Reliable State Machine (RSM)

One of the core goals of trustworthiness is to ensure the integrity of systems and applications, thereby determining that the system or software is running in the trusted state desired by the design goals.

Trustworthiness is mainly achieved through the technical means of measurements and validation. The measurement is to collect the state of the software or system under test, and the validation is to compare the measurement result with the reference value to see if it is consistent. If it is consistent, it means the validation passes; If it is inconsistent, it means the validation fails.

There are two types of measurement: static measurement and dynamic measurement. Static measurement usually refers to the measurement of the image when the runtime environment is first installed or restarted. Dynamic measurement and validation refer to the dynamic acquisition of the running characteristics of the system, and the analysis of rules or models to determine whether the system is running properly.

Trustworthy constraints

After detecting a breach of its trustworthiness, a method based on trusted roots is used for the trusted validation of system bootloaders, system programs, key configuration parameters, and communication applications. And the dynamic trusted validation is applied to all execution aspects of the application. Output monitored untrusted status:

The state information output from RSM can be collected in a category list, such as the hash root of the program code.

The architecture of the RSM is based on the noninterference model with a software real-time trustworthiness measurement approach.

The idea is to treat system calls as micro actions. α is the various software processes running in the RSM. Based on the expected behaviors β between the security domains belong to which all system calls in α.

Consider the real software behavior α as a sequence of system calls. After obtaining α and β, the noninterference equation is used to determine whether there is a bias between them so that the trusted state of the application running in the environment can be determined.

And there is an effective noninterference property validation algorithm.

Trustworthiness determination based on noninterference has three attributes: (1) output consistency (2) weak single-step consistency (3) local noninterference

Definition of noninterference theoretical model:

Let the actions in the security domains ui, uf, ue and un be denoted by ai, af, ae and an, respectively. Without loss of generality, suppose there is a sequence of actions (i.e., behaviors) as follows: α = ai1∘af1∘ai2∘ae∘af2, then the corresponding behavior β = wexpected(α, un) in WEMA is calculated according to the security policy. It can be calculated by the definition: β = ai1∘af1∘Λ∘ae∘Λaf2.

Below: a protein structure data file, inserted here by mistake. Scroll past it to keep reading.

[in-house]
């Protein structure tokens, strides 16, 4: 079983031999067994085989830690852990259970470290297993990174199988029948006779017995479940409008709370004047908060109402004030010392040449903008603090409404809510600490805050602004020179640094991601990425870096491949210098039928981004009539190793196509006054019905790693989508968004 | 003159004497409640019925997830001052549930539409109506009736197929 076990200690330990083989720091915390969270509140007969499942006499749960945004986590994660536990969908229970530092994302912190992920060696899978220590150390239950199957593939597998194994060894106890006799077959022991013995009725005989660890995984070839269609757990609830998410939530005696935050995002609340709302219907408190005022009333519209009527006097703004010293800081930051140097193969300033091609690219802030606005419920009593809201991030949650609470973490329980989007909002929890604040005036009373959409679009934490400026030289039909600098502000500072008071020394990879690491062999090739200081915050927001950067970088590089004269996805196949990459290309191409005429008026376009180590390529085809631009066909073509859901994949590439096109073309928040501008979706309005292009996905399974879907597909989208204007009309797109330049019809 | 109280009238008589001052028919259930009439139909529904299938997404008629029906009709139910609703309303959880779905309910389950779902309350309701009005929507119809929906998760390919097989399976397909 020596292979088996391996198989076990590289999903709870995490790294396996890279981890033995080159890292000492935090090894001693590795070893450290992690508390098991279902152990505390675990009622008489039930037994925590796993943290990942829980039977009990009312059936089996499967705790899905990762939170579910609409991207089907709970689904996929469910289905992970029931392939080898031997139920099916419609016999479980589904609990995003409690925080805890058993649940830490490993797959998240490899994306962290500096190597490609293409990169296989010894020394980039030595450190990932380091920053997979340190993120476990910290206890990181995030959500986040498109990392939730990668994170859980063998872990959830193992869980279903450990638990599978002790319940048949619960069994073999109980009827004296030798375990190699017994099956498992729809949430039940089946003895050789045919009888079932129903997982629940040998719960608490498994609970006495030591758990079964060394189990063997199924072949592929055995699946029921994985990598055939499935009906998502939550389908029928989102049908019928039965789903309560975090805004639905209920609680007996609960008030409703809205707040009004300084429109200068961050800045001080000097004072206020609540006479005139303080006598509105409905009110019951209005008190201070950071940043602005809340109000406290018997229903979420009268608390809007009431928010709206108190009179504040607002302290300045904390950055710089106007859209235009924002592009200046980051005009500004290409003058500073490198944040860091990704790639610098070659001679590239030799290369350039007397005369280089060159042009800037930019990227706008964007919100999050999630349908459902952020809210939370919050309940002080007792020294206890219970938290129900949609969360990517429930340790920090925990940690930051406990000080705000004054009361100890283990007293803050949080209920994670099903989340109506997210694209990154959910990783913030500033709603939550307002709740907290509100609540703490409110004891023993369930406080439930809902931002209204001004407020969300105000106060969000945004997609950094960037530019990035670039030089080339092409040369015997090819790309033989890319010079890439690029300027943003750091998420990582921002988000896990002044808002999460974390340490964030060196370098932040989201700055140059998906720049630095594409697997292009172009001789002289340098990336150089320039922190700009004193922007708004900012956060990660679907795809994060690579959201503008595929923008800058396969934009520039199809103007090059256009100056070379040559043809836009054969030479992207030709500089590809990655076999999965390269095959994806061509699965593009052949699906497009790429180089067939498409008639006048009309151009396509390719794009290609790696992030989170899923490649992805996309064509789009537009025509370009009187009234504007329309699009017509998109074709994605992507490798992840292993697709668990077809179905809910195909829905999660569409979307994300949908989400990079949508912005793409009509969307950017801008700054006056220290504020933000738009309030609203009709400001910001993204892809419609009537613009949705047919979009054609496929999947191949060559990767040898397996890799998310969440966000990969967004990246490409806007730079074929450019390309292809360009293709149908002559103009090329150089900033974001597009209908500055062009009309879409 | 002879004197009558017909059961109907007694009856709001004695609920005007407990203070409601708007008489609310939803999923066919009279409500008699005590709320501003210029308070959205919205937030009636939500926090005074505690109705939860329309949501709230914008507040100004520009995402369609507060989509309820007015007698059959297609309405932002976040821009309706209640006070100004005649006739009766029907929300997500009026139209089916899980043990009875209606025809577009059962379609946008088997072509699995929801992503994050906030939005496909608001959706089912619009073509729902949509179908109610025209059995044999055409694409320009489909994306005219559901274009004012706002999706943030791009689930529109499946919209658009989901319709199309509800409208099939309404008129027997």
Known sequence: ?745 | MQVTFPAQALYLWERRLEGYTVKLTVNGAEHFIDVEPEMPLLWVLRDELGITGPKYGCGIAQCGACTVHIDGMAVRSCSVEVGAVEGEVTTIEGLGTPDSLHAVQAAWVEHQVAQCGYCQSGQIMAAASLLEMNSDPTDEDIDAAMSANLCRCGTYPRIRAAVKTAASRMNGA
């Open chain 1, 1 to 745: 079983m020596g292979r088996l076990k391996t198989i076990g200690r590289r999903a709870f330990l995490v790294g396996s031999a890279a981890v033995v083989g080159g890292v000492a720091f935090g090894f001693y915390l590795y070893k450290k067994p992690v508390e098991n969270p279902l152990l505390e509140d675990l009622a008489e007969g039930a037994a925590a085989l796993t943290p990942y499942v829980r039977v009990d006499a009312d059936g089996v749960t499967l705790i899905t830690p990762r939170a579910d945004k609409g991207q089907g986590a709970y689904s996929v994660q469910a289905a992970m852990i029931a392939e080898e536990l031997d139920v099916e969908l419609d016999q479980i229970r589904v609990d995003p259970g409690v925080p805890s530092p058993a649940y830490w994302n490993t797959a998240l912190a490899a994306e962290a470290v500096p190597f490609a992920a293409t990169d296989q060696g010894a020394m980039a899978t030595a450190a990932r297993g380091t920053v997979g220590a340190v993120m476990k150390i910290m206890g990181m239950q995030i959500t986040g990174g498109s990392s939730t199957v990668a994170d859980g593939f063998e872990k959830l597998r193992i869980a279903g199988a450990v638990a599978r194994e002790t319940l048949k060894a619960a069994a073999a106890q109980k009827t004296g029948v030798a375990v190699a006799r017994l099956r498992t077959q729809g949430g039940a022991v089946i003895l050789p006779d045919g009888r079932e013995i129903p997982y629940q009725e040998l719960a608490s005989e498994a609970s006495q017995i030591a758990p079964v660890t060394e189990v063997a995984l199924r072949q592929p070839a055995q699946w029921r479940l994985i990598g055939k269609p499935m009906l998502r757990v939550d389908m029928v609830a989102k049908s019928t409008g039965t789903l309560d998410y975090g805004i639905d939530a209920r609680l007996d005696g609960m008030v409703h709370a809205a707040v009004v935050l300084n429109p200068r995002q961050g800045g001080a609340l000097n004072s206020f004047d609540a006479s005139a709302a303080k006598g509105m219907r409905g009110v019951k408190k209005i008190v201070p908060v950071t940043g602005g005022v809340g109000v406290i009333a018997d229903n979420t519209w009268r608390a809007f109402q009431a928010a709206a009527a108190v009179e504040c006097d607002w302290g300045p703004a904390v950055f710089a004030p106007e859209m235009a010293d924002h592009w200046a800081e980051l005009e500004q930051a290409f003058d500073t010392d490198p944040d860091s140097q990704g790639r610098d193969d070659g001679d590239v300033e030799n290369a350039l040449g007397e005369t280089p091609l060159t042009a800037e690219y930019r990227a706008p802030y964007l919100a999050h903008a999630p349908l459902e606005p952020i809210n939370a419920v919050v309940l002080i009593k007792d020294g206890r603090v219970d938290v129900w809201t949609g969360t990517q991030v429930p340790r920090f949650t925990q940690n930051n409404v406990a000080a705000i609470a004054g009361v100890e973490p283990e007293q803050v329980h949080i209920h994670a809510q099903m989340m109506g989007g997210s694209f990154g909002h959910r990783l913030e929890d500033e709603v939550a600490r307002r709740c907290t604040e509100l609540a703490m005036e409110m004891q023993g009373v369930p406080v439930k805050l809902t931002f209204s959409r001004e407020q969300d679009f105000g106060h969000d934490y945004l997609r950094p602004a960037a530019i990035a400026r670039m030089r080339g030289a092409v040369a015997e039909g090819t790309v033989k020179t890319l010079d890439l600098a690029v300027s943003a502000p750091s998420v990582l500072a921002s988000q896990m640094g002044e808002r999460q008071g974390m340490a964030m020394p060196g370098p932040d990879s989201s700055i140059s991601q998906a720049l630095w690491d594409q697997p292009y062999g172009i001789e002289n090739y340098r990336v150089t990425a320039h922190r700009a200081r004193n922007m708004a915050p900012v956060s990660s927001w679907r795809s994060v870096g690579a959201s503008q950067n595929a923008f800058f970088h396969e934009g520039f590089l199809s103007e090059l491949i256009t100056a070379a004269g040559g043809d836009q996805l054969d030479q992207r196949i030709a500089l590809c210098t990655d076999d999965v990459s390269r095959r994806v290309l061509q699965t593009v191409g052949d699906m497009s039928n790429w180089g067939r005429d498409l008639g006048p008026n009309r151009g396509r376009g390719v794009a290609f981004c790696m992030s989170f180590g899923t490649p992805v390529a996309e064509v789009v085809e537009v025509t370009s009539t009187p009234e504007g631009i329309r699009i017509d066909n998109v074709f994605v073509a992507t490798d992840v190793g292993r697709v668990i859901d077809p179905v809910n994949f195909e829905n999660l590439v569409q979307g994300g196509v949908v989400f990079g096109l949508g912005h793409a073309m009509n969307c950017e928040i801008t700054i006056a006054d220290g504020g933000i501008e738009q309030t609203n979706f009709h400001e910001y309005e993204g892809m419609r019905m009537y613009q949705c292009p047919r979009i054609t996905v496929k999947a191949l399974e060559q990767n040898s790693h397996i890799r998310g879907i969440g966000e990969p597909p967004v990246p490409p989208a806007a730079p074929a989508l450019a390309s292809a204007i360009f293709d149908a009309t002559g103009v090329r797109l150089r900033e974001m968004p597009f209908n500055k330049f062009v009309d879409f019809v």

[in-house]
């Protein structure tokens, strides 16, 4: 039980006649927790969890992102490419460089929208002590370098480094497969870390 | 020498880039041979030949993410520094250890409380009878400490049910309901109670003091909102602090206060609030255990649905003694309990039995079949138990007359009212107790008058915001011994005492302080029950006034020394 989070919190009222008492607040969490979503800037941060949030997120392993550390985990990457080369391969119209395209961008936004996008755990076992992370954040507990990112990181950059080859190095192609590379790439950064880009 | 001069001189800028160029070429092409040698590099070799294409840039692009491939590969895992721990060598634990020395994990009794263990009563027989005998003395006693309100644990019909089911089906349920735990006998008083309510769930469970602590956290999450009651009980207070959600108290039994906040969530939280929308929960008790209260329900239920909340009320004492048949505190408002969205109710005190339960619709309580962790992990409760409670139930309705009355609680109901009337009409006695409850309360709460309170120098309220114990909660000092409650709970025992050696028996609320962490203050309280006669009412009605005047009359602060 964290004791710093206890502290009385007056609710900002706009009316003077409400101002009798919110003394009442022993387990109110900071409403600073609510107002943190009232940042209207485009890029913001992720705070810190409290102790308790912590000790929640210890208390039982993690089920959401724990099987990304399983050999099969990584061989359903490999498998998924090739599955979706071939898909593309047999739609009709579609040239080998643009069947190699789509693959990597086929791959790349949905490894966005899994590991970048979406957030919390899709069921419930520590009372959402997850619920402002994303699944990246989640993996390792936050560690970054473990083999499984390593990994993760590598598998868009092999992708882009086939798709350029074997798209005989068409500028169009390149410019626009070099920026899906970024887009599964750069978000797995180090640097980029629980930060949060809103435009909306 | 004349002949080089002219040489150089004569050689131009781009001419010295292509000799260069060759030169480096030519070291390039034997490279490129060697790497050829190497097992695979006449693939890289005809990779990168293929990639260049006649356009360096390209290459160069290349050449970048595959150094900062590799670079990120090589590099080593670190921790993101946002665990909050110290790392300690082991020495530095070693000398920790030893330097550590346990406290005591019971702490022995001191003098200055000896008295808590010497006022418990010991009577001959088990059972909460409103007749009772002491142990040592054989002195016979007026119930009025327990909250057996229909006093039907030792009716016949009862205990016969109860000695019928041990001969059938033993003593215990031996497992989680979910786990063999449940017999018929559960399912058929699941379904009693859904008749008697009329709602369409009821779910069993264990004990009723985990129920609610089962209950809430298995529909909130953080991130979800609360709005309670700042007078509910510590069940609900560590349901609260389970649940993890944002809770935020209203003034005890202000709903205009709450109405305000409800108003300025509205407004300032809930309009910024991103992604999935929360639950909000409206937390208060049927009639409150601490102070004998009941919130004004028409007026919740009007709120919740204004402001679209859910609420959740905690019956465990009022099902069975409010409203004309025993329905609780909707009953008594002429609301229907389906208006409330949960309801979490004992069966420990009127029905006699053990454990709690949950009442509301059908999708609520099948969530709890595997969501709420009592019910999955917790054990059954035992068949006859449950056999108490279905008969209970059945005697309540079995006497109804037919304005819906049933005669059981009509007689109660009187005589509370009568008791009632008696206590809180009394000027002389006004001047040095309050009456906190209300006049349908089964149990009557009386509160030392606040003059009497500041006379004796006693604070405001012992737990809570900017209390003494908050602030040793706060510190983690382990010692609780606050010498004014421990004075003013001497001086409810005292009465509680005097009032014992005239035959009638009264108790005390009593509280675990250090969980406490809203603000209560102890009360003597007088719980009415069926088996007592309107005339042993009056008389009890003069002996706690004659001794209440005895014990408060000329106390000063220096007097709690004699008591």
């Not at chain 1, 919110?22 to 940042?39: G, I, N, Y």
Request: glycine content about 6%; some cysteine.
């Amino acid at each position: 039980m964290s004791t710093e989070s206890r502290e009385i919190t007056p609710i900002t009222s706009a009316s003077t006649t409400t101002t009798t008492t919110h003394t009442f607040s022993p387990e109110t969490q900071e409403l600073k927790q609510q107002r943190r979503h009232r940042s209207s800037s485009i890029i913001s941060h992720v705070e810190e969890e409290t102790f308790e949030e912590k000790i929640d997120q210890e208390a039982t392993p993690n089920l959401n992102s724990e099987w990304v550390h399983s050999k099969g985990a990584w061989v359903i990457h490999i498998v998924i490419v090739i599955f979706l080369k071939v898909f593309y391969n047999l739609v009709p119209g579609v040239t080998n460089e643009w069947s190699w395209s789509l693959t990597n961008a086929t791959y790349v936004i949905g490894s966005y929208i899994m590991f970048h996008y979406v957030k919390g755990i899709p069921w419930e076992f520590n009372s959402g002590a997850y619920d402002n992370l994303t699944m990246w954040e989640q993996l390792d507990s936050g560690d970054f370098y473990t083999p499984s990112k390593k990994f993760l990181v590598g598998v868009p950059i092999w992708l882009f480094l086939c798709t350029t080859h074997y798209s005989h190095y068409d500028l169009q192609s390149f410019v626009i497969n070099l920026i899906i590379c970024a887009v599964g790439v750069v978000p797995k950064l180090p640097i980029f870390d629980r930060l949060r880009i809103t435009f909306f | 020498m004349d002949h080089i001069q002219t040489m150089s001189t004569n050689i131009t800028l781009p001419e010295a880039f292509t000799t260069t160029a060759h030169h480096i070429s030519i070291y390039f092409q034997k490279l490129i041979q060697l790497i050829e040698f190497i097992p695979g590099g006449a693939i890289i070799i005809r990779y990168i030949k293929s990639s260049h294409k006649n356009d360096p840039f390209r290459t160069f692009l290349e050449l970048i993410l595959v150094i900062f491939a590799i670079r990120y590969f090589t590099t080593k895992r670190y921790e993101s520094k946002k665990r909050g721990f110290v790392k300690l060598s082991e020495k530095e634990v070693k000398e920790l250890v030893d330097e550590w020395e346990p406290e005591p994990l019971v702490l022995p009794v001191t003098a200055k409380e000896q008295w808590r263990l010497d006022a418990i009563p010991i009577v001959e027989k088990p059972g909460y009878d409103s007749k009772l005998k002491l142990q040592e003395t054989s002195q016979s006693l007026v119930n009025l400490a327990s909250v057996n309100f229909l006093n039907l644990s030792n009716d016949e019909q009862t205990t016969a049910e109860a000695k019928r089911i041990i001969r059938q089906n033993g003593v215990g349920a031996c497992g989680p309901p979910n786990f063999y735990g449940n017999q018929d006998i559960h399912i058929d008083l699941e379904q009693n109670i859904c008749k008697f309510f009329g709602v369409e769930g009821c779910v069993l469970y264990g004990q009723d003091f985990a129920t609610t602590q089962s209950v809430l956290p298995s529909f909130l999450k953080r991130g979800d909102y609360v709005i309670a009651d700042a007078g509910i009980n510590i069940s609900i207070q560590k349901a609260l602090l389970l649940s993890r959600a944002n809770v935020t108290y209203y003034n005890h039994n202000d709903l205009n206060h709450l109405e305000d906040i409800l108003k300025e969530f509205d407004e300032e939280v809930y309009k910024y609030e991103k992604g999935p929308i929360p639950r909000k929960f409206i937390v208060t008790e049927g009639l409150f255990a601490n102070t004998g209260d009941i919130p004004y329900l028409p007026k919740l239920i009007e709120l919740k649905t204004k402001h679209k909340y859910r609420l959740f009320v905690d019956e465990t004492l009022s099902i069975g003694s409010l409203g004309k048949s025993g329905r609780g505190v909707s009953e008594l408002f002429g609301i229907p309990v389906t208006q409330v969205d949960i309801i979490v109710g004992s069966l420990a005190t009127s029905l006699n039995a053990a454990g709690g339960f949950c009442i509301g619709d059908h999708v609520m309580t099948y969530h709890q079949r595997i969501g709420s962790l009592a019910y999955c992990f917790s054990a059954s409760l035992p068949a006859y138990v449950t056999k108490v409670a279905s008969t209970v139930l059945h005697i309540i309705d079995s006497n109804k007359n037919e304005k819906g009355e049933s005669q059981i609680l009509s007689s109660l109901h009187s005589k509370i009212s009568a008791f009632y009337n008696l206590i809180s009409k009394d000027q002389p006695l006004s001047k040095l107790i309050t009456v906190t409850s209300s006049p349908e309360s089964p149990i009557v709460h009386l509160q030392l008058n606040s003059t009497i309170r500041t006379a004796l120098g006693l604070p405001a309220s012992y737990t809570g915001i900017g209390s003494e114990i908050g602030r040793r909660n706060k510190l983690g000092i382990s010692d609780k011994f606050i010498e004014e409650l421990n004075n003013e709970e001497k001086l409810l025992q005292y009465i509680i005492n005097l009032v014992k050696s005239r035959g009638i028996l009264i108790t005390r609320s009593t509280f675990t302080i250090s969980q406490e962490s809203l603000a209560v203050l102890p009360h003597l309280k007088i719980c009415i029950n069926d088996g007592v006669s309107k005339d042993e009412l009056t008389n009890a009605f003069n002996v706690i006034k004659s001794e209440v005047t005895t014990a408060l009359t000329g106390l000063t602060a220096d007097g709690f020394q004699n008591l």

The automated validation process of whether the behavior α is trusted is shown in Figure 1. The circles in Figure 1 indicate the states, the arrows between the circles indicate the actions that trigger the state change, and the dashed lines between the circles indicate the process of simultaneous execution of EMA and WEMA.

The trustworthiness validation process for α = ai1∘af1∘ai2∘ae∘af2 is as follows.

(1) First, both EMA and WEMA run synchronously from the same initial state s0=t0.

According to the symbol interpretation of Theorem 2:

● For EMA: At this point, α0=α=ai1∘af1∘ai2∘ae∘af2. After EMA executes the first action ai1, it changes from state s0 to state s1 and will continue to execute the sub-action α1=af1∘ai2∘ae∘af2.

● For WEMA: At this point, β0=β=ai1∘af1∘Λ∘ae∘Λaf2. After executing the first action ai1, WEMA changes from state t0=s0 to state t1, and will continue to execute the sub-action β1=af1∘Λ∘ae∘Λaf2.

Recursively validate whether the state is trustworthy. Calculate and substitute "(s2,ISα2,t2)(s2,ISα2,t2) and (s3,ISα3,t3)(s3,ISα3,t3)" and "(s3,ISα3,t3)(s3,ISα3,t3) and (s4,ISα4 ,t4)(s4,ISα4,t4)",) is sufficient for validation. The specific procedure is omitted.

RSM Protection Solutions

Trusted State

RSM presents easy-to-read information to the outside world about whether the application is trusted

The state parameters for the RSM trusted state judgment are as follows.

appid, pid, starttimestemp, curstarttimestemp, truststatus, serverip

Snapshot Data

Application Image

An image is a special file system that contains some configuration parameters (such as anonymous volumes, environment variables, users, etc.) prepared for runtime, in addition to providing files such as programs, libraries, resources, and configuration required for container runtime. The image does not contain any dynamic data, and its contents are not changed after the build.

State Snapshot

Save the system state and application state as a snapshot, containing the running state of the system, the running state of the application, the memory data mapping, and the configuration of the data source. Its essence is to record the disk and memory data of the virtual machine at a point in time.


A database snapshot is a read-only static view of the database (the source database). It is transactionally consistent with the source database from the time the snapshot is created. Multiple snapshots can exist in a given source database.

Each database snapshot is retained until it is explicitly deleted by the database owner. Database snapshots run at the data page level, copying the original pages from the source database to the snapshot before modifying the source database pages for the first time. The snapshot will store the original pages, retaining the data records they had at the time the snapshot was created. Repeat this process for each page that is to be modified for the first time.

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